S: Yes, exactly. Sort of poppish in this, yeah not someone you could really trust or you know, someone you’re gonna leave your business in the care of. So once we updated that and he chose to change douche to dude so the image matched that person, it just, they blossomed. Because you know it’s a self of a change, someone treats you in a certain way you tend to respond back in that way. And then it becomes a self-fulfilling prophecy, basically.
K: Yeah, because I mean a lot of people spend so much time at work, don’t they? And they, some people even spend more time at work than they do with their own family and it’s such a you know, it’s such a because so much time we spent there. People aren’t always professional and cracks bits, they start showing and yes, so when you’re going to the workplace you have to deal with so many different personalities and you know warts and all.
S: Exactly. So I mean I’ve seen a workplace, I just want to itching to get in there and just make shifts and changes so people are responding to each other as adults, on even keel basically. Because when you think of someone got an unconscious blueprint of I don’t know 14 to 15 year old for example, you know teenagers, sometimes they can be grown up and active and proactive and other times they do the hissy fits and the sulk and they get all emotional. So if you got a few of those in your workplace, it’s enough to drive anyone mad.
K: Yeah, and you mentioned before you know it’s like a school yard again.
K: Bullies and teacher’s pets and yeah.
S: You know the bitching and snapping behind people’s backs and, “No we’re not gonna play with you.”
K: Yeah, the popular crew and all of that. Yes…
S: Really if you in the flow and you’re working as adults, things run smoothly. I guess that’s the difference between a workplace for the dynamics, everyone’s working in together versus one where everyone’s fighting against each other.
K: Right and I mean this is a really tough question but how do you get to that point? I mean what we talk about is a great environment where everyone can flourish and they can grow and learn and collaborate. How do you go from a very toxic work environment and you know move it forward?
S: As always, it starts at the top. So it has to be the leader. From the leadership and working down, bear in mind that was you know, the top, the management that actually employed this people. And sometimes, I mean, the idea is that you employ people who are smarter than yourself but often what we do is employing people that you feel more superior to.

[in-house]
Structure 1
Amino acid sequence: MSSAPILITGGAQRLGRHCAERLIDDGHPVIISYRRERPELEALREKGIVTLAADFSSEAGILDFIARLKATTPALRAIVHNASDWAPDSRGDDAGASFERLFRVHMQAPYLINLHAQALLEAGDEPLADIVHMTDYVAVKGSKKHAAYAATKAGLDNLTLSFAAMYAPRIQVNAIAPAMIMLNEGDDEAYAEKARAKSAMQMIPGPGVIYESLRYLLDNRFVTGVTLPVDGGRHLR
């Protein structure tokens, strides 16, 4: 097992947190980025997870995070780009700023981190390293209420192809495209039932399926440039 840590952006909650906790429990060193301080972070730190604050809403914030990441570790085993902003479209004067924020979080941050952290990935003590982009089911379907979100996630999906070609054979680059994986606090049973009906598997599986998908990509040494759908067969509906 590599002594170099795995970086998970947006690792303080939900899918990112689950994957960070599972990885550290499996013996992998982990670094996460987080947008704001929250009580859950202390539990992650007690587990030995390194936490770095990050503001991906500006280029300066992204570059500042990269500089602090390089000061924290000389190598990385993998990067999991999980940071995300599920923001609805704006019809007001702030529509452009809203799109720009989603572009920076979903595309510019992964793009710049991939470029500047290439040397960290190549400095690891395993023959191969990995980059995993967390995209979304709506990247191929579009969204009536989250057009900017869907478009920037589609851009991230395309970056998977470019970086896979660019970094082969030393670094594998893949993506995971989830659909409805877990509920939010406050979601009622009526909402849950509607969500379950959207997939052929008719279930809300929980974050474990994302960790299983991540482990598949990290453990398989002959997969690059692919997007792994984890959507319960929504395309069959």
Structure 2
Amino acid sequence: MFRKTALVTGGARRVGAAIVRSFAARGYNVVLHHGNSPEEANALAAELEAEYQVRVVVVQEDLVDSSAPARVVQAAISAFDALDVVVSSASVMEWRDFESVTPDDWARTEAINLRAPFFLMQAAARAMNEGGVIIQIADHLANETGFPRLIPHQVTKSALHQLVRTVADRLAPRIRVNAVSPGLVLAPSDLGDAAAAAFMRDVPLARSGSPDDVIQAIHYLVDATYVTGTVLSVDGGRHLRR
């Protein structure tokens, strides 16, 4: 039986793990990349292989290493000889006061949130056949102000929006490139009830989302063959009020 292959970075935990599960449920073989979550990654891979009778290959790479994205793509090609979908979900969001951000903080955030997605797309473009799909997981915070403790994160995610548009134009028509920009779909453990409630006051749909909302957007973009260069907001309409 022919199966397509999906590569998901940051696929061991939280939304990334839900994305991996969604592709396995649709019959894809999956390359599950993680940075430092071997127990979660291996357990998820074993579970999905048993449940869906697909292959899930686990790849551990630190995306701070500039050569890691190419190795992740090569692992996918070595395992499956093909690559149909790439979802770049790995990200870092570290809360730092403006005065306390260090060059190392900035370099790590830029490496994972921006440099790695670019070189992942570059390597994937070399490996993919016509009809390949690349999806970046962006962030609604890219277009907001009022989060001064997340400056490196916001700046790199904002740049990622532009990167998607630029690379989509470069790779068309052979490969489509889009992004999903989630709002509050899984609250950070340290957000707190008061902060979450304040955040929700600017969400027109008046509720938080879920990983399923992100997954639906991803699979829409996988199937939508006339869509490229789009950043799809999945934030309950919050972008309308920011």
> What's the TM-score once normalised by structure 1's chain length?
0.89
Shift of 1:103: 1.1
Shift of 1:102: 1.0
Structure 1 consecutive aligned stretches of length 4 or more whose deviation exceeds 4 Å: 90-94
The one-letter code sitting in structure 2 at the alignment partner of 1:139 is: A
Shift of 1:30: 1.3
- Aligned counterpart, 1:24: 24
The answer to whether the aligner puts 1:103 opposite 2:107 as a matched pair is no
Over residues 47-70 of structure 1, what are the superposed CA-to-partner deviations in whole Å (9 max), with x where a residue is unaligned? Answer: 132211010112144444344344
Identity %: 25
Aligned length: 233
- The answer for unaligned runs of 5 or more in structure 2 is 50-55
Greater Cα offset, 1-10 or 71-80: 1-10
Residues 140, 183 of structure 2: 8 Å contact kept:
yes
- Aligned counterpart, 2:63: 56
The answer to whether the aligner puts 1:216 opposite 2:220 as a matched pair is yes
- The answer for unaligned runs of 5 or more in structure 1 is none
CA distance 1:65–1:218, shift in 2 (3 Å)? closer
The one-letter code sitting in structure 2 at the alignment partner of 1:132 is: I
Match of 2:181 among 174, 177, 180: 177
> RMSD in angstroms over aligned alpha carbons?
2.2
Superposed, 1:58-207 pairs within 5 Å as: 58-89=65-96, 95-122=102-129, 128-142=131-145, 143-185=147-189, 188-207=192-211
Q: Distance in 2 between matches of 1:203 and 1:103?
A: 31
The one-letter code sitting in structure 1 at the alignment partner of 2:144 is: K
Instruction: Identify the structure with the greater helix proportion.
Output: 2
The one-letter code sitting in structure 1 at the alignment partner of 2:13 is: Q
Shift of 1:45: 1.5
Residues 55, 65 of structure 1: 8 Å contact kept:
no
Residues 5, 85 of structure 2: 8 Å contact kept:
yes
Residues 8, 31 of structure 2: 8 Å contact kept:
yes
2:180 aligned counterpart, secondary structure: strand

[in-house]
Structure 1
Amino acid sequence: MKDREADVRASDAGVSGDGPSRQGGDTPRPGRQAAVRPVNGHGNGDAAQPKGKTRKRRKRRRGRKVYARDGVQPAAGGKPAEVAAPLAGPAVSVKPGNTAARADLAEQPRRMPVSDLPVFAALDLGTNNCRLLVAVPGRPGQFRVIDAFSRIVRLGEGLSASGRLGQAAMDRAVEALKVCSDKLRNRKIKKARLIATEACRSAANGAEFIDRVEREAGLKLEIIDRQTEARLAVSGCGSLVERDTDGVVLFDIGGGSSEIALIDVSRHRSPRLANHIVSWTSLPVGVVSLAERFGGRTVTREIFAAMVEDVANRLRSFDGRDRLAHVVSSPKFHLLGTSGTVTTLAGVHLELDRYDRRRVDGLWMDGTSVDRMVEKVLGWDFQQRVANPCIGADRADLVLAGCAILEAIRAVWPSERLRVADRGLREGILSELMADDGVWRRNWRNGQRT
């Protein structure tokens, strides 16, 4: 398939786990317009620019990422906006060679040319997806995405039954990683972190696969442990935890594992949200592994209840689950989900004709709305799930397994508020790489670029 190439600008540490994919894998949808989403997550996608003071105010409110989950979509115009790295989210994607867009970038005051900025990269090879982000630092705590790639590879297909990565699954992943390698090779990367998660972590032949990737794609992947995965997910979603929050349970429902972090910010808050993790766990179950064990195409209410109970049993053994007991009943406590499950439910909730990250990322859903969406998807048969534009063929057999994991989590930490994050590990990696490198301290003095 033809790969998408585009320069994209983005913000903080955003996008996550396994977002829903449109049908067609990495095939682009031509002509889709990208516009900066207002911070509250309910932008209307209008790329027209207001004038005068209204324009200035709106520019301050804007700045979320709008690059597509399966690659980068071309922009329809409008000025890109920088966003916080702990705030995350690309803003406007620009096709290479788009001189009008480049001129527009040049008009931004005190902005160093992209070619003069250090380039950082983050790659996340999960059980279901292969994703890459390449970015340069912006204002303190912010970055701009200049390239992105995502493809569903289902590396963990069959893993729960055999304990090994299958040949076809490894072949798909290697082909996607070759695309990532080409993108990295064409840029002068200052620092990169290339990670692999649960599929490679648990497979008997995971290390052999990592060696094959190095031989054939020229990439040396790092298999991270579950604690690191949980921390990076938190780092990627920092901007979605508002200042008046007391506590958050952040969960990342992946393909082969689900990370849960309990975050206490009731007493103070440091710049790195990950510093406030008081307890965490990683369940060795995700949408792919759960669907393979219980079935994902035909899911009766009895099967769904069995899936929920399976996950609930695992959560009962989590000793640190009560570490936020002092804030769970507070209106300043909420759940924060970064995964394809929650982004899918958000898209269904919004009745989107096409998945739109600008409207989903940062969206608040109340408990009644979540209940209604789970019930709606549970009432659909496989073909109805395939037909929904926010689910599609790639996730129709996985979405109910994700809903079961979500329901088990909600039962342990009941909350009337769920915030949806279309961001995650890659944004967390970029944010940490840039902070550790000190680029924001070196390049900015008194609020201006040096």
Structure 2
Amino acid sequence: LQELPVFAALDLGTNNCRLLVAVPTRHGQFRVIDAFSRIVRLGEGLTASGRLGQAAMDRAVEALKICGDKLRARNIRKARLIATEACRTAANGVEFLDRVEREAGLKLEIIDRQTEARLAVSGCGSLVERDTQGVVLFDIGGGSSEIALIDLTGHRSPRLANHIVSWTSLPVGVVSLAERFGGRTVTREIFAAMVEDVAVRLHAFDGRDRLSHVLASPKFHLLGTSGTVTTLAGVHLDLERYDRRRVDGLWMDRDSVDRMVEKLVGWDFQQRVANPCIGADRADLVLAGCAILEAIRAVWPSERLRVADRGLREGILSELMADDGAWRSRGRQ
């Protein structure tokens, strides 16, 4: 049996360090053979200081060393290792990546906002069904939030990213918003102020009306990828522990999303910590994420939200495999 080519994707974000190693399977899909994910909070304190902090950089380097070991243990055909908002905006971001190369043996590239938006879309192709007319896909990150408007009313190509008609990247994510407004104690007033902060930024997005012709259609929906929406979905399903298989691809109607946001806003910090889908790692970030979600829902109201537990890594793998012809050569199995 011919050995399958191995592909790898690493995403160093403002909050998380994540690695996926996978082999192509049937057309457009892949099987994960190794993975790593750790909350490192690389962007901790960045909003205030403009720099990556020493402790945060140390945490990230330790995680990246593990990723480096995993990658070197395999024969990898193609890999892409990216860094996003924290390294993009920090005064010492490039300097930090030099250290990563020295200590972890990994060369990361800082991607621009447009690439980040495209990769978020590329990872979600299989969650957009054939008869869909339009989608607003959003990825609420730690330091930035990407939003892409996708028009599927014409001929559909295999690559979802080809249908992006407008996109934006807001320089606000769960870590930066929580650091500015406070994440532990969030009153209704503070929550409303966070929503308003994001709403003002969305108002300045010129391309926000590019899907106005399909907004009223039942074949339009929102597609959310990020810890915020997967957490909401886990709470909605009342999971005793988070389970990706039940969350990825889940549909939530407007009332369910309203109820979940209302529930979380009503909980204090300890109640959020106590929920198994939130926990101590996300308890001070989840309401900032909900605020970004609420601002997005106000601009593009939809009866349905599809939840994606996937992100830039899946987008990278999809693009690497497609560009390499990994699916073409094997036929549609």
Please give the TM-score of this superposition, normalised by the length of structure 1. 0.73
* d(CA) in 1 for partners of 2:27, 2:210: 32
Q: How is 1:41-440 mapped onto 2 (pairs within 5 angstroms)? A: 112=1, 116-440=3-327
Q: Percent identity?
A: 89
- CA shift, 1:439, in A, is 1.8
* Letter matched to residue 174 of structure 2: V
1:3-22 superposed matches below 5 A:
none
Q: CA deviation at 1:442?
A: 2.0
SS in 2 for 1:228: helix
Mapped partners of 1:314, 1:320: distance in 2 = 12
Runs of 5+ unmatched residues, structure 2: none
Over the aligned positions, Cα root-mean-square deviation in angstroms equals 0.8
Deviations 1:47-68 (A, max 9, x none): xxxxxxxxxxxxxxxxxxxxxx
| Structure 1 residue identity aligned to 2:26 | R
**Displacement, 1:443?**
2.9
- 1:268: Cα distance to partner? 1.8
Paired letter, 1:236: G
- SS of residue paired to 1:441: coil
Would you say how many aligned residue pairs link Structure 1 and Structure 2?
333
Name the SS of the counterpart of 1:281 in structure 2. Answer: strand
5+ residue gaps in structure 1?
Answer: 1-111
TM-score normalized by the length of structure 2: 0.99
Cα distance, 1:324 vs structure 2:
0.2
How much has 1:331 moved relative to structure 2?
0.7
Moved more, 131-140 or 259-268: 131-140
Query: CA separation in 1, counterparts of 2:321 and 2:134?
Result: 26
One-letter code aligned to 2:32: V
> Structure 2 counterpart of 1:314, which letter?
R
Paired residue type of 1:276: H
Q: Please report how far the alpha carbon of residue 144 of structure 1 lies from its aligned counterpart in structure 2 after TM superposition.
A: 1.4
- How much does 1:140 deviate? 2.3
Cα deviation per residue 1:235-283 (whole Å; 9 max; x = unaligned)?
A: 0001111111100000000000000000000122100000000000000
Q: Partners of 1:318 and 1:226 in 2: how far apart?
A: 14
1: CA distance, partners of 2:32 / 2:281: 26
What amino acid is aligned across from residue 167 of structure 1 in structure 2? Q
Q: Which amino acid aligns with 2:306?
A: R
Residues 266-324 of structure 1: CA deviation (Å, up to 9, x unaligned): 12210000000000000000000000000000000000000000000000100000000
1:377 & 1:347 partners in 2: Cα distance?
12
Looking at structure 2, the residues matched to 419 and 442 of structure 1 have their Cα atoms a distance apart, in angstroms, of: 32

K: Oh I see.
S: You know there’s that dynamic there as well.
K: Yeah. And I think I wanted to talk about, I mean, I used to work in some quite corporate environments and you know there’s all that team building and you know staff lunches and staff dinners, and especially if you’re not getting along well, that’s like the last thing you want to. (chuckles) You know, “What? Dinner together? Do I have to go?” You know and yeah you spend enough time with them at work already and then when you do this team building stuff, sometimes I feel like it was a token. It’s like they just want to tick the boxes saying, “Yup we did our you know whatever for the year. Our ra ra ra session, okay now let’s get back to that project or what have you.” So I don’t know if you see this with your clients but sometimes there are these kind of a superficial I guess it’s better than no gesture to build some of the gaps, bridge the gap.
S: Sometimes. It’s this tokenism to the staff, no. It doesn’t come from a sincere level.
S: Yes. It mean if you see through that and like you said, it doesn’t work. All the activities are ones that actually enable people to see them in a different light. It’s just the same old roles, it’s a different environment so there’s no lasting changes happen because everyone still playing the same role just you know in the bush rather than in the workplace.
K: Right. So those of you that are listening, if you’re partaking in these awkward, silent lunches, and you know going into the bush and doing you know these camping trips or whatever. Maybe yeah, have a look and like you said try to create some real change. But thanks so much for your time and for your insight.
S: That’s alright. Just know that the answer is inside.
K: Alright, thanks Sue.
S: You’re welcome Katherine.